So... how far are we away from achieving this goal? How long will it take to deliver this feature? When will we be able to roll out this new test? What's the timeline? What's the strategy? As a product manager, these are some of the most common questions received from stakeholders.
Understandably stakeholders want to know what's going on to communicate and act on the latest information and realign their plans. The difficulty is they are also questions that are always tricky to answer. It's often never a black and white picture, a yes or no scenario.
There is always complexity.
So how do you communicate complexity without going down a rabbit hole? I'm no expert at this, but here are a few principles that I've been thinking about that have helped me.
How you communicate a situation should almost entirely be driven by what key information you feel a stakeholder needs to know. This isn't about not sharing information, but carefully selecting what core information would be most useful to a stakeholder. You don't want to share every single tiny detail of information. It will be too much to digest, and what you want to say will get lost.
To get to the heart of what you need to communicate, imagine that you are in their seat. Spend time thinking through what it's likely your stakeholder will want to know. It's probably likely going to be the big picture questions. Are we on track? What are the biggest challenges? Do you need me to do anything to help you?
You can also lean into the fact that you might know how these stakeholders best receive information. Maybe they are driven by data and want to see the raw numbers. Perhaps they like the narrative, and you will need to draw on the story, or maybe they are very visual and use props to help guide the conversation.
There is something about the number three that makes everything a bit easier to understand. Whenever you're giving an update or persuading a stakeholder, you should always have three clear points.
Why do this? Well, for three reason:
Stakeholders will have their own problems, priorities and are often inundated with vast amounts of information.
Goals are important, but they mean nothing without a system.
You want to highlight your route to your goals and not just the end state. By focussing on your strategy, you can showcase your analysis, thinking and decision making. It's also an opportunity for stakeholders to help you evaluate the approach to the goal. They may unearth issues with your plan that you might not have considered.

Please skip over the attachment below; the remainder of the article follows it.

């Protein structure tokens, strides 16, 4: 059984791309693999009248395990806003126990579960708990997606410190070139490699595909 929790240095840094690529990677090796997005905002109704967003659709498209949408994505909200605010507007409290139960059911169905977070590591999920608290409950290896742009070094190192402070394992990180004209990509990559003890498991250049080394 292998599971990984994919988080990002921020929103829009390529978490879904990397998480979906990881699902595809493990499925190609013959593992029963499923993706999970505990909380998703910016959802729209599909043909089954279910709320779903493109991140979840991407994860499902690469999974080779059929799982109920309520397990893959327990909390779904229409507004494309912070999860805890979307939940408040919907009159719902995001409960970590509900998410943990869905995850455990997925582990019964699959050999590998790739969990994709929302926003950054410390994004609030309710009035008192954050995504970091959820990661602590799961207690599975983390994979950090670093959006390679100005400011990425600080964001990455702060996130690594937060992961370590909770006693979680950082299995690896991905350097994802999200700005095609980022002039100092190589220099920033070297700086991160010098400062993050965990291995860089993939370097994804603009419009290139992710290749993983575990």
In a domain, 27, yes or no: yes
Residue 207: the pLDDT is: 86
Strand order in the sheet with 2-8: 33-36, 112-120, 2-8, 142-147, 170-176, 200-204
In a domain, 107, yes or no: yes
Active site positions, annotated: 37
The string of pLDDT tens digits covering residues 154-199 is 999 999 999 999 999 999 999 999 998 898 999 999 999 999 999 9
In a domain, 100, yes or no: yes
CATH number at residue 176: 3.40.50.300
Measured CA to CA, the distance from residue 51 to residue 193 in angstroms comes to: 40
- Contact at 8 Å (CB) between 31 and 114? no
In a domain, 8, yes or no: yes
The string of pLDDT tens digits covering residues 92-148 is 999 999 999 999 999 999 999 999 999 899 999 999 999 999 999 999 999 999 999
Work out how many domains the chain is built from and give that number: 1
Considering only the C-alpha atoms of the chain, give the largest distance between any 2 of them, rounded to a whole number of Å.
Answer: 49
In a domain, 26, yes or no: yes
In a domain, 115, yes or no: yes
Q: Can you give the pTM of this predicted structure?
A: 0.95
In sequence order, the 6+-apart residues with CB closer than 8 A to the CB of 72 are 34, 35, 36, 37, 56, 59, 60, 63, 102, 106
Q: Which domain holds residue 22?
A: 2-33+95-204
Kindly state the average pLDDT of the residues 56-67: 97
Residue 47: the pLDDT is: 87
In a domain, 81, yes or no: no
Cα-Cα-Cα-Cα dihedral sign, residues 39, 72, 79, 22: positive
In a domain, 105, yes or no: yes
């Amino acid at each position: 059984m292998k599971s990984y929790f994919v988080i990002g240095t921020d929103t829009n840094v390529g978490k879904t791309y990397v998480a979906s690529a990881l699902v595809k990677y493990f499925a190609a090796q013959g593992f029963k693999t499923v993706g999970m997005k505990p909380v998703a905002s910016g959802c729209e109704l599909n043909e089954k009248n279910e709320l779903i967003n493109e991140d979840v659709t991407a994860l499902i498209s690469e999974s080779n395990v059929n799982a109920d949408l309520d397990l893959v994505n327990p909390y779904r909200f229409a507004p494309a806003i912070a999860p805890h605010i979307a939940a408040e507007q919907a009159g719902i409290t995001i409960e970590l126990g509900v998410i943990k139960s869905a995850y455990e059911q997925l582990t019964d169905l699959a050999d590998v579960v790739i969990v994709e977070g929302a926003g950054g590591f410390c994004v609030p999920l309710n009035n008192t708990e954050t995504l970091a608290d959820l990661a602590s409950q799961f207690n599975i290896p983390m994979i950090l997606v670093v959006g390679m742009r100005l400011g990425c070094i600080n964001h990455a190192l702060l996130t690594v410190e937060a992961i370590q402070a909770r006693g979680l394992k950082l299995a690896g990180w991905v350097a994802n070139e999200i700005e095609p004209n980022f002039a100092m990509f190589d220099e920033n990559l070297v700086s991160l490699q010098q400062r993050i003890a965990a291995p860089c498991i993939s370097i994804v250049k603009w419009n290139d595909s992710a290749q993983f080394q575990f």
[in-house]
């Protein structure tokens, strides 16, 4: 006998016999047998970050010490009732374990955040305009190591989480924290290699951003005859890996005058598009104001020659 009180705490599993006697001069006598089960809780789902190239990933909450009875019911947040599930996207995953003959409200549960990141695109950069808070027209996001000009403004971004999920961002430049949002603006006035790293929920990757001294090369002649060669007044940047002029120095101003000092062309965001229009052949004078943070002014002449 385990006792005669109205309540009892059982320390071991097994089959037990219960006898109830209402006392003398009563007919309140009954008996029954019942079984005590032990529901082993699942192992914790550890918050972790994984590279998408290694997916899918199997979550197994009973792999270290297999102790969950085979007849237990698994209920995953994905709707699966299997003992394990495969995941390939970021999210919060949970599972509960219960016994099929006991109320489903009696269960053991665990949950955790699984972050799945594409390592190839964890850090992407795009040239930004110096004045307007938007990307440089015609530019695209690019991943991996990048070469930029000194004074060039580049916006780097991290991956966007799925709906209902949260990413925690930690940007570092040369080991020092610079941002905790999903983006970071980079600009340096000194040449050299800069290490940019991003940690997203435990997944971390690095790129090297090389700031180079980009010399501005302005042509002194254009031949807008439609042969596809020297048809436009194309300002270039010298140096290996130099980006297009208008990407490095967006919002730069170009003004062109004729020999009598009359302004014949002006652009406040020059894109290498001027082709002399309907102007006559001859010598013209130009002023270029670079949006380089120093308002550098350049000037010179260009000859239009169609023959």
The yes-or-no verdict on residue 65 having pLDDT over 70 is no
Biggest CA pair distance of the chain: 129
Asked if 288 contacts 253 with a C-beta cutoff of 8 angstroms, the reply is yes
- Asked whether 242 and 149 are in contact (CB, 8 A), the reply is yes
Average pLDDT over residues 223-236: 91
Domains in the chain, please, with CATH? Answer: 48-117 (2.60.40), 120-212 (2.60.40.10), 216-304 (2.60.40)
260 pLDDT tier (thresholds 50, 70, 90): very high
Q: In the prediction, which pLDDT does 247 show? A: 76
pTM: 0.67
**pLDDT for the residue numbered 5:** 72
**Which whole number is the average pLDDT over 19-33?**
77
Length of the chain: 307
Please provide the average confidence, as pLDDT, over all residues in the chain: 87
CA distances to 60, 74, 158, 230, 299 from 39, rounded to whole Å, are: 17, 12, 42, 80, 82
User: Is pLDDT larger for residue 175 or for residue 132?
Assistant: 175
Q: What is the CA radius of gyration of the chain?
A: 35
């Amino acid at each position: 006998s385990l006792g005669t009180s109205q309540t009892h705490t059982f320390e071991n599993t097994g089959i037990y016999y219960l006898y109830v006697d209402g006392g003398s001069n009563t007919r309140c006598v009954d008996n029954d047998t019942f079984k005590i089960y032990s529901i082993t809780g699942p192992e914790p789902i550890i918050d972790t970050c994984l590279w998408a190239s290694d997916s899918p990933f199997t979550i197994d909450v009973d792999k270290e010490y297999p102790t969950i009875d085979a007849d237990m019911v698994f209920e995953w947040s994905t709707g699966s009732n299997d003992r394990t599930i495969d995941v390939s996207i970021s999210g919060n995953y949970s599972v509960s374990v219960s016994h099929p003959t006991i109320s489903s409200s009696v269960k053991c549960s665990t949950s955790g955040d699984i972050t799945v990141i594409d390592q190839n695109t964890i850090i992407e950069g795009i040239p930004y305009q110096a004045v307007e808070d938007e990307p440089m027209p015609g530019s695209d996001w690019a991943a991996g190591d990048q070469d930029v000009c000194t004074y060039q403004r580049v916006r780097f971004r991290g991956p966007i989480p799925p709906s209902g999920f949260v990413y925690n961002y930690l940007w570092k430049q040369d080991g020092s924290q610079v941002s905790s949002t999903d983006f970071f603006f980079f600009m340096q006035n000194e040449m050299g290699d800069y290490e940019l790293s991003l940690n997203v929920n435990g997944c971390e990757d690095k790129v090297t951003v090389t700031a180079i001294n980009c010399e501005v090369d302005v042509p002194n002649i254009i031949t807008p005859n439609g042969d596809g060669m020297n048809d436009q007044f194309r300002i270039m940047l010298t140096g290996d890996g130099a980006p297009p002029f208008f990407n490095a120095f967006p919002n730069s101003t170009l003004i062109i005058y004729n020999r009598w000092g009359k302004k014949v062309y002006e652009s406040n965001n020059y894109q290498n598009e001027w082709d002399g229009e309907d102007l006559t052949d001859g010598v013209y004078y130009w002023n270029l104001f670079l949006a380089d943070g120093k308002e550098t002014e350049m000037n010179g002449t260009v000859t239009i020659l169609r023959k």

One exercise you can do is to anticipate what likely questions could come up. You can add a series of FAQ-style slides that could be placed in the appendix as a reference.
It's hard to be one hundred percent certain about something always.
There are so many variables to take into account. That's why it's better to talk about likely outcomes and your confidence rather than zero-sum outcomes. By doing this, you give yourself more wiggle room for when there might be delays. You can also update your stakeholders when you become more confident after an event has happened.
There are always risks, dependencies and issues that crop up. By highlighting these upfront, you allow stakeholders to gain more context and ultimately guide you to a better outcome. Depending on the stakeholder, they will likely be running their risk assessment and trying to understand if they need to adjust their strategy or teams to produce the best outcome.
The 'obvious' risks that you might be very obvious to you could not be clear to your stakeholders. So it's worth going over the most significant risks even if you feel it might be too obvious. Assumptions are your biggest enemy in the product world.
Once you have outlined the risk, you can discuss what options you have considered and out of those options which actions you have or are going to take. Ensuring that you show your thinking in a logical manner is critical.
It sounds like a simple one, but it's probably the most important one on the list. No, I'm not calling you a liar! However, it is very easy to slightly bend the truth to show your progress in the most favourable light, particularly if it's a senior stakeholder.
But being honest and realistic is a foundational piece that builds trust and strengthens your relationship over time. If you even slightly bend the truth over time, you become less credible.
Narratives won't align for the next time you meet. What will appear like sudden problems or lack of progress will come out of the blue rather than with the context of other challenges you might have discussed last time.
Ultimately, you are on the same side of the table as stakeholders or metaphorical zoom call! These meetings are not a negotiation but a collaboration process for a single team to work through problems and develop creative solutions pushing forward progress.